Titanic Players' ‘Daddy Mags’ advances to national improv tournament By Lark Turner The Daily Northwestern dailynorthwestern.com/student-groups Northwestern senior Dave Collins said he isn’t taking his improv group’s recent success too seriously. “It’s improv,” Collins said. “There’s only so much you can do to get ready. You just have to go out and perform and have fun.” After winning a Jan. 23 regional competition, the group, called “Daddy Mags,” advanced to the Chicago Improv Festival’s national competition. They will compete Feb. 6 in Chicago at the College Improv Tournament against teams from
across the country, including the University of Florida’s “Theatre Strike Force” and the University of Houston’s “Scatter!” Daddy Mags is a part of a larger group, The Titanic Players, which includes five other teams at NU as well as groups at University of Wisconsin and University of Illinois. The organization is the largest student improv group in the country. The group’s coach, Mike Abdelsayed, said the judges noticed Daddy Mags’ chemistry. “They showed that improv could be fun as well as exceptionally good,” the NU alum (Communication ’98) said. The team includes Communication seniors Jen D’Angelo, Katherine Docimo, Dana Kaplan-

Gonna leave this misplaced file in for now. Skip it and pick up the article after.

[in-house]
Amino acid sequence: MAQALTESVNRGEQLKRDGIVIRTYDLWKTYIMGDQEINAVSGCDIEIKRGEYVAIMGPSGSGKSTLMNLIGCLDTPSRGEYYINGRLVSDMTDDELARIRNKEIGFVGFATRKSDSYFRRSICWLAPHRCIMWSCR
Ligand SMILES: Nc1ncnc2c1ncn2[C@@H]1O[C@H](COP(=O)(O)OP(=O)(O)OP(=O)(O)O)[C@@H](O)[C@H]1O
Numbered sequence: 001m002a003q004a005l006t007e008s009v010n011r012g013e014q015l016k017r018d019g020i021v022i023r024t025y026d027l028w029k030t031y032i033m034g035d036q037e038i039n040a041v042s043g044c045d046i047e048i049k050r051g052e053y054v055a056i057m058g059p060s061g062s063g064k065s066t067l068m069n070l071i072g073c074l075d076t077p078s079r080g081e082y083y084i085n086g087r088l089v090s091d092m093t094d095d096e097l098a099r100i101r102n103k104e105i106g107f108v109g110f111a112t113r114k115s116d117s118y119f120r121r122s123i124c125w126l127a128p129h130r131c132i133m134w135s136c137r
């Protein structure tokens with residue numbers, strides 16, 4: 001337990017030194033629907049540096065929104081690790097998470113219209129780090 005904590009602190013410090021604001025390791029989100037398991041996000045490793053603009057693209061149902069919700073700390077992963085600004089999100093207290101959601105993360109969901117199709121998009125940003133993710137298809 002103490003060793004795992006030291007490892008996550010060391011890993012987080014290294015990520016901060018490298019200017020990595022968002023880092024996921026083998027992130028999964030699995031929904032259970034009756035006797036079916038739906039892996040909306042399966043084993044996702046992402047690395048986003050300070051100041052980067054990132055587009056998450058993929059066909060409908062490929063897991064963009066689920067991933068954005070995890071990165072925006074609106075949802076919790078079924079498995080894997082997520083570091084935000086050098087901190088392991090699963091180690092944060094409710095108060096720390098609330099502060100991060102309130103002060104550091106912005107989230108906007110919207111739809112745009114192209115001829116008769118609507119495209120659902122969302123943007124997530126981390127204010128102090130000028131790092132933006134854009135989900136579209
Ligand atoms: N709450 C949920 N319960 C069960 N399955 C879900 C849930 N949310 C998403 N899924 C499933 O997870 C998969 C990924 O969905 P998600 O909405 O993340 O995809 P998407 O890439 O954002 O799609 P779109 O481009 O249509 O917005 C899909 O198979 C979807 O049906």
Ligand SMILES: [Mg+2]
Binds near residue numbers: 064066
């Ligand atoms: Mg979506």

Angle and Collins. Daddy Mags has been together since each student’s freshman year at NU. “I don’t think we were expecting to win,” Docimo said. “We were really surprised.” She said the team did a grocery store scene during the regional competition that stood out from the rest. “That was a really, really fun scene,” she said. “It was a totally different kind of comedy. It was all physical.” Unlike the popular show “Whose Line is it Anyway?”, Docimo said long-form improv lasts for 25 minutes, and each group’s style is different. “You’re kind of creating a short piece of theater, a short play,” she said.